Newport project officer with Keep Wales Tidy Steve Chamberlain said: “It’s vital that we all do our bit to care for our local environment and this event has been a perfect example of what local communities can achieve when they work together.

Most of the rubbish was plastic and we saved all of that from re-entering our oceans.

Julie, our Operations Manager, explained “It’s a beautiful area on the riverbank that is now cleaned up so that the local community can enjoy it. Well done to everyone involved.

All in a day’s work Julie!

Trash to Treasure: Upcycling Courtesy of GD Environmental & Art Students at Coleg Y Cymoedd!

For the second year running we donated a skip full of scrap to the art students at Coleg Y Cymoedd, who turned raw materials into a broad range of creations as part of their upcycling projects.

Jeremy Spencer, a 3D Lecturer in Art & Design at Coleg Y Cymoedd, visited our Newport site for a grand tour and discussion with site manager, Jason Andrews, to determine which materials would be suitable for the art class. Jeremy explained, “The donated recycled materials form the raw ingredients that our students creatively ‘upcycle’ into objects of value both functionally and aesthetically.

Once the materials had been chosen, we gathered the team and worked together to fill a skip and get it delivered it to the students.

The results were incredible! Upcycled products ranged from sculptures made from reclaimed pallets to functional furniture.

We caught up with Megan Barker, an Art and Design student at Coleg Y Cymoedd, who told us about her upcycling experience: “I haven’t always been a maker. Despite this I have translated my creativity into making, wanting to embrace all of the splinters and hot glue burns that come with it! Although I’ve adapted, being confronted with the task of producing a piece from recyclables was challenging, however diving into the skip and stumbling upon hidden treasures was inspiring, thinking about the potential for each piece of someone else’s old belonging.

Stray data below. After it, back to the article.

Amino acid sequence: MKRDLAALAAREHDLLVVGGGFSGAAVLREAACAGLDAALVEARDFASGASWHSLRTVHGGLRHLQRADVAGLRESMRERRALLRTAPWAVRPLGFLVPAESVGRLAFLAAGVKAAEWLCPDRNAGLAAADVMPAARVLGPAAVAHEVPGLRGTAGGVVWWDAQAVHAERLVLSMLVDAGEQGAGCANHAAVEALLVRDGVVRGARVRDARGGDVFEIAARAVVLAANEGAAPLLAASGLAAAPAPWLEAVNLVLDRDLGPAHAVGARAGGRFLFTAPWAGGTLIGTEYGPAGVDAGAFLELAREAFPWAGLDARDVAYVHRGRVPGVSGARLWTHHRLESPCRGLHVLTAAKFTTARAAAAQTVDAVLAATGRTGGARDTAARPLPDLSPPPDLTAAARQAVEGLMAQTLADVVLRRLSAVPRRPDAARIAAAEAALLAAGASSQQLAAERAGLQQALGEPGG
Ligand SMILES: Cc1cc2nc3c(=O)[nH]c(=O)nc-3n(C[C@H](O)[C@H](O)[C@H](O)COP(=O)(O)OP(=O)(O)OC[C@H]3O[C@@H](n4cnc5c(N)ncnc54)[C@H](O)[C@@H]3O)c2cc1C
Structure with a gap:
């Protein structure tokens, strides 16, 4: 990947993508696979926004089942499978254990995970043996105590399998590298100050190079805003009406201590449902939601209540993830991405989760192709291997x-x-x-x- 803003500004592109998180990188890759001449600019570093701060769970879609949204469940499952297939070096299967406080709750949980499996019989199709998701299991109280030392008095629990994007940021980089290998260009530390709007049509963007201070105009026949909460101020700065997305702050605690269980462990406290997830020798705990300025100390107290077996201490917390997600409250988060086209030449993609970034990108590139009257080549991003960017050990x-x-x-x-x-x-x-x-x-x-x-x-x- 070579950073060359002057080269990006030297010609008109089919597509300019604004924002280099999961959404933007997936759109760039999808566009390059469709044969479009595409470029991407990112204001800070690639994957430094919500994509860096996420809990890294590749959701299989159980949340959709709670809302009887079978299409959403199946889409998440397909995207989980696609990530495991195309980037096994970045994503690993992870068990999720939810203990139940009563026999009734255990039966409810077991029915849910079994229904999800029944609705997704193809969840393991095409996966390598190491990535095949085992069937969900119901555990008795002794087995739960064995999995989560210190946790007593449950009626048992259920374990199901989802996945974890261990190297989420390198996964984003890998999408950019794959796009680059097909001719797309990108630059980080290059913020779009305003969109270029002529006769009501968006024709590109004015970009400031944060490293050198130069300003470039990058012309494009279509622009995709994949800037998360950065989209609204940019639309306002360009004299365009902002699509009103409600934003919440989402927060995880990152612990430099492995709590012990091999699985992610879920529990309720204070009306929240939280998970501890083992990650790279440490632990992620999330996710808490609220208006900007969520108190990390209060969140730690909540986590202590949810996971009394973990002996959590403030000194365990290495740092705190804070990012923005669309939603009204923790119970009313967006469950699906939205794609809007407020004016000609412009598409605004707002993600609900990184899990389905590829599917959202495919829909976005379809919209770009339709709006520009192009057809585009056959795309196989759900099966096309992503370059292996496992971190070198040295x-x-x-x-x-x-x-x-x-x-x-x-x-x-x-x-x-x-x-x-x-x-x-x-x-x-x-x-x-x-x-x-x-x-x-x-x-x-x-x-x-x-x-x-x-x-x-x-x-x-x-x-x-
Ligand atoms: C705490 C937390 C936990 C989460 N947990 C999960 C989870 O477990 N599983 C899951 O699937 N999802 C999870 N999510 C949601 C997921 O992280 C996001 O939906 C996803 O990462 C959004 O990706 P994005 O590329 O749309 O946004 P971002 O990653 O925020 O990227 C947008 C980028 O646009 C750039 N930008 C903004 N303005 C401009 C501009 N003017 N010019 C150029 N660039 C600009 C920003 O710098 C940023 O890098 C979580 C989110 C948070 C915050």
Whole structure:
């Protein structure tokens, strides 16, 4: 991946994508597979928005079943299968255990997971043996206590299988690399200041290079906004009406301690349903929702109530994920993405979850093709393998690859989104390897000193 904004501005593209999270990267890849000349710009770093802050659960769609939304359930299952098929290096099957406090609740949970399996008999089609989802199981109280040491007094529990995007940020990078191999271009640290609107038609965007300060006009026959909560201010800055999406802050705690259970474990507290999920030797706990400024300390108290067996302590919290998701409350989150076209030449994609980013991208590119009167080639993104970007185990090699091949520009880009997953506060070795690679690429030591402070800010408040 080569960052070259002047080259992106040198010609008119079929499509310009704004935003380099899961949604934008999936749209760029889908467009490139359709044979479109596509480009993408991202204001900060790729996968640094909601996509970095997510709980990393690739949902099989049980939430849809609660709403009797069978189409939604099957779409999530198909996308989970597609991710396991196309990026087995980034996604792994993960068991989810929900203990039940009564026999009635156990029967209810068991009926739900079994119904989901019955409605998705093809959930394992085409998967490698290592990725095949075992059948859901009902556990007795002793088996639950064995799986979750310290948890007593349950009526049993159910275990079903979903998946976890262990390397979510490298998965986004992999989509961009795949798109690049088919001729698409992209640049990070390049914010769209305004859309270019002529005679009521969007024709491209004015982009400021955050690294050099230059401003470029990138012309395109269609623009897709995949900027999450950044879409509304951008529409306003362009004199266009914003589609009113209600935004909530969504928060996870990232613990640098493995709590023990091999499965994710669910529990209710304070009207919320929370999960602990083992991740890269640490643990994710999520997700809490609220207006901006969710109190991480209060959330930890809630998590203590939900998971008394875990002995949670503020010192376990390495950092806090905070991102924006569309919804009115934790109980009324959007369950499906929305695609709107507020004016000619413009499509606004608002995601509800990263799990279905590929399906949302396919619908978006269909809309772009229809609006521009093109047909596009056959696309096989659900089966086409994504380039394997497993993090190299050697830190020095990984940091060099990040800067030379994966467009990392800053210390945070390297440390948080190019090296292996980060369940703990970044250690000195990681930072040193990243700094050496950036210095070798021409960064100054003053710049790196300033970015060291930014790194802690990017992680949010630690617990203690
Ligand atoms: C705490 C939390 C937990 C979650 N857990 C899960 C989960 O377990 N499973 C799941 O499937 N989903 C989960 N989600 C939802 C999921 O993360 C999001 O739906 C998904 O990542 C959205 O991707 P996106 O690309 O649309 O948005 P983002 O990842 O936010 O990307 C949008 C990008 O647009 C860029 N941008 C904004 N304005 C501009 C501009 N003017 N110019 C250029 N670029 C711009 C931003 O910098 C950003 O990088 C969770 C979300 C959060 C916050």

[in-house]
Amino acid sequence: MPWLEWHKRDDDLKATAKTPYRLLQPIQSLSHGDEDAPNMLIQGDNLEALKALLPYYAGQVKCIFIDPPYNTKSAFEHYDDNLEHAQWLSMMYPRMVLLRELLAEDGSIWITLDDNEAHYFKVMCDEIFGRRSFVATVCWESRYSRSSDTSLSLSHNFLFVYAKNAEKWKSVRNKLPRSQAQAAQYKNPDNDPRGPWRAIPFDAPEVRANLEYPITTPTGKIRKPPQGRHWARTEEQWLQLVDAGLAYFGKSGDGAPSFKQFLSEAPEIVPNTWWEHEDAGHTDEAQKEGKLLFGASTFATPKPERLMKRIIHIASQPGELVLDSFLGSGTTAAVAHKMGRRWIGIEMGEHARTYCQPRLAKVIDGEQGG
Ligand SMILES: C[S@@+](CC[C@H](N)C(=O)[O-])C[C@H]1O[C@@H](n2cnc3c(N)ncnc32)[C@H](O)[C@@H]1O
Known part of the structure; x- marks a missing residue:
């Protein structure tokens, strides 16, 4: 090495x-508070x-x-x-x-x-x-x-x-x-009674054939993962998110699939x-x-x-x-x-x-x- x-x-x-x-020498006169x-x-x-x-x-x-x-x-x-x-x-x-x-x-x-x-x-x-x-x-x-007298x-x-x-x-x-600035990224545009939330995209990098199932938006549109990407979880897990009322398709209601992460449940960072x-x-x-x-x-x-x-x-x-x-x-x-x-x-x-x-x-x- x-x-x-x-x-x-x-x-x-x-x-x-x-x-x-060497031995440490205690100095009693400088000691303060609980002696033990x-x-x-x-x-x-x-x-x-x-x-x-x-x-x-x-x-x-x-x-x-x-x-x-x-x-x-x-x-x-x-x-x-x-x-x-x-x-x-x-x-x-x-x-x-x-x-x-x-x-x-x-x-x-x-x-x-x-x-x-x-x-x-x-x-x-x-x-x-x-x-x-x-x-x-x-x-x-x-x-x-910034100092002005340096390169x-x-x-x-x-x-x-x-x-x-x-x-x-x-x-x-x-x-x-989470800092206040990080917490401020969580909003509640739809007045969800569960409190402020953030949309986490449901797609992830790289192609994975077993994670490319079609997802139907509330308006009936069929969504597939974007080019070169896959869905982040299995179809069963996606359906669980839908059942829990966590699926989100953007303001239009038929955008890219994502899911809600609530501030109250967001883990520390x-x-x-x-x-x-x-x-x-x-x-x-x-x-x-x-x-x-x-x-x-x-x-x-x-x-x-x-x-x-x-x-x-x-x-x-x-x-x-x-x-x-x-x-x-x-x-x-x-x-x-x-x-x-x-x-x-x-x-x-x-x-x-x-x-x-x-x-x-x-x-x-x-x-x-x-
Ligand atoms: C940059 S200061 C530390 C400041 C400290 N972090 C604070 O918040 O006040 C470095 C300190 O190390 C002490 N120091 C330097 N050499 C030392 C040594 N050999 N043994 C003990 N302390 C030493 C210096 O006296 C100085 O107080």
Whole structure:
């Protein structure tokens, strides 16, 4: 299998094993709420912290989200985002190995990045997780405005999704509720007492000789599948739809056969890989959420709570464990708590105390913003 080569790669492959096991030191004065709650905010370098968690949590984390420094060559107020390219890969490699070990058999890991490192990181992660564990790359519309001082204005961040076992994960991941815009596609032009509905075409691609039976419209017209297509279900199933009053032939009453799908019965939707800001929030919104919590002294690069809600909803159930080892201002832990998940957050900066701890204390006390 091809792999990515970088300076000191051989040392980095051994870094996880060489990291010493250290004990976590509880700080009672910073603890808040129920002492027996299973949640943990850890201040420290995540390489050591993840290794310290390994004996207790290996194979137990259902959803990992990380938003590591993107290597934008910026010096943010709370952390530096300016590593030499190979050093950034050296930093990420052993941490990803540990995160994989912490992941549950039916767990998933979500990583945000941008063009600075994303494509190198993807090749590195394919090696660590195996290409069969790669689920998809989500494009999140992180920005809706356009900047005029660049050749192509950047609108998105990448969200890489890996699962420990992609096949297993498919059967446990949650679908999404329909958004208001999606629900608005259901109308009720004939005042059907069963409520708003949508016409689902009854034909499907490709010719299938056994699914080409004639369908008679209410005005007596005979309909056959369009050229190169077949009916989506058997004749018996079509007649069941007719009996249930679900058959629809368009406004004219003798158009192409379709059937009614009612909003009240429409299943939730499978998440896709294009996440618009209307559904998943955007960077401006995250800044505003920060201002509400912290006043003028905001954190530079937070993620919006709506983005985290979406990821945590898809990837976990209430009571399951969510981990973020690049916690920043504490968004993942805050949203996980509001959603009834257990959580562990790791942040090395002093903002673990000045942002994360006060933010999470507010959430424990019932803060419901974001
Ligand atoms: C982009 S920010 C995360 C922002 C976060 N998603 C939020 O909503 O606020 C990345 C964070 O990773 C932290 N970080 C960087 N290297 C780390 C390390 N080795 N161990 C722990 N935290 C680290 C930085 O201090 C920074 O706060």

The generosity shown by GD Environmental Services in their donation of the recycled materials is extremely helpful to us budding artists as it gives us the opportunity to broaden our creative minds. I am very thankful for the donation and love that my sculptural pieces carry a story beyond the aesthetics.

Jeremy added, “A visionary company like GD Environmental Services shares our course’s values of sustainability and ensuring recycled resources are made the most of. I very much hope to continue and develop our relationship in the future with their kind support.

We certainly hope so too, a great job all round!

GD Environmental Wins Huntsman Corporation Contract

GD Environmental, Wales’ leading indigenous waste management company has been chosen as the dedicated waste management service provider for Huntsman Corporation in Llanelli, a specialist producer of amines, used in pharmaceuticals, coatings, resins, gas treating and for the prevention of corrosion.

In a bid to improve Huntsman Corporation’s recycling efficiency and reduce their environmental impact, the contract will see GD Environmental supply a series of containers for a selection of materials including wood, metal, Waste Electrical and Electronic Equipment (WEEE), general waste, cable and batteries. Alongside these containers will be two 1,100 litre wheelie bins for Dry Mixed Recyclables (DMR).

The Huntsman Corporation and GD Environmental’s facilities are based within close proximity to each other in Llanelli, making GD ideally placed to process and deal with all the Huntsman Corporation’s waste streams.

Commenting on the contact win, Oliver Hazel, Chief Executive of GD Environmental said: “I am delighted that Huntsman Corporation has chosen us to become their dedicated waste management service provider.

We provide a tailored and dedicated service to all our customers and this contract is reward for our continuous effort to improve our services and meet the waste needs of our customers whatever they may be. We are also pleased to be able to assist another business that is based in Llanelli and look forward to working with Huntsman Corporation for the foreseeable future.